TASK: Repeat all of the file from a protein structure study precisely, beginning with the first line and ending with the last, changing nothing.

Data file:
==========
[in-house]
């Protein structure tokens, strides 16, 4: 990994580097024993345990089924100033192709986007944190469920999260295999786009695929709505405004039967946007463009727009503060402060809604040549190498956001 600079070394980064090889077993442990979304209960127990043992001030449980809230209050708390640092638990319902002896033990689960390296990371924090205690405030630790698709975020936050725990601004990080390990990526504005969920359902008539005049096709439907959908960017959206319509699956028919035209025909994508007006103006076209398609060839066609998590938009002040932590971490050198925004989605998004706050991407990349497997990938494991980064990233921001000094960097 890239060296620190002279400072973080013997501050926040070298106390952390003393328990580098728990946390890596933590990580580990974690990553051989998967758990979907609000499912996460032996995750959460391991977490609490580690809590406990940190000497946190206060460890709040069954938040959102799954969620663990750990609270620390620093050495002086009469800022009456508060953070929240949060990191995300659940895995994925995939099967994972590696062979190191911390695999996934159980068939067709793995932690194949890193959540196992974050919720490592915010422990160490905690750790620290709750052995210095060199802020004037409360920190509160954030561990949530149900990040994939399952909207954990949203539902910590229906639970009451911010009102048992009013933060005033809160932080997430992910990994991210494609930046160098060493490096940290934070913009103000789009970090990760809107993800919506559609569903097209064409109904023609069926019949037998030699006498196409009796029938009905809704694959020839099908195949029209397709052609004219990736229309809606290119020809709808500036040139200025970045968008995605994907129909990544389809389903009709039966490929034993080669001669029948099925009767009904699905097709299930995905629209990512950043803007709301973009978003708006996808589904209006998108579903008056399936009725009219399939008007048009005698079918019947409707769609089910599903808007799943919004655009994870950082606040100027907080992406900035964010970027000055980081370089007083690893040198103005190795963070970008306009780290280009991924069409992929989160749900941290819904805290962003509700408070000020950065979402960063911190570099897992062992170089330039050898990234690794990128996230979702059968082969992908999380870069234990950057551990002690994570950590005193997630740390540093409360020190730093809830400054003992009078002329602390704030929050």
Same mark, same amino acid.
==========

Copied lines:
[in-house]
């Protein structure tokens, strides 16, 4: 990994580097024993345990089924100033192709986007944190469920999260295999786009695929709505405004039967946007463009727009503060402060809604040549190498956001 600079070394980064090889077993442990979304209960127990043992001030449980809230209050708390640092638990319902002896033990689960390296990371924090205690405030630790698709975020936050725990601004990080390990990526504005969920359902008539005049096709439907959908960017959206319509699956028919035209025909994508007006103006076209398609060839066609998590938009002040932590971490050198925004989605998004706050991407990349497997990938494991980064990233921001000094960097 890239060296620190002279400072973080013997501050926040070298106390952390003393328990580098728990946390890596933590990580580990974690990553051989998967758990979907609000499912996460032996995750959460391991977490609490580690809590406990940190000497946190206060460890709040069954938040959102799954969620663990750990609270620390620093050495002086009469800022009456508060953070929240949060990191995300659940895995994925995939099967994972590696062979190191911390695999996934159980068939067709793995932690194949890193959540196992974050919720490592915010422990160490905690750790620290709750052995210095060199802020004037409360920190509160954030561990949530149900990040994939399952909207954990949203539902910590229906639970009451911010009102048992009013933060005033809160932080997430992910990994991210494609930046160098060493490096940290934070913009103000789009970090990760809107993800919506559609569903097209064409109904023609069926019949037998030699006498196409009796029938009905809704694959020839099908195949029209397709052609004219990736229309809606290119020809709808500036040139200025970045968008995605994907129909990544389809389903009709039966490929034993080669001669029948099925009767009904699905097709299930995905629209990512950043803007709301973009978003708006996808589904209006998108579903008056399936009725009219399939008007048009005698079918019947409707769609089910599903808007799943919004655009994870950082606040100027907080992406900035964010970027000055980081370089007083690893040198103005190795963070970008306009780290280009991924069409992929989160749900941290819904805290962003509700408070000020950065979402960063911190570099897992062992170089330039050898990234690794990128996230979702059968082969992908999380870069234990950057551990002690994570950590005193997630740390540093409360020190730093809830400054003992009078002329602390704030929050």
Same mark, same amino acid.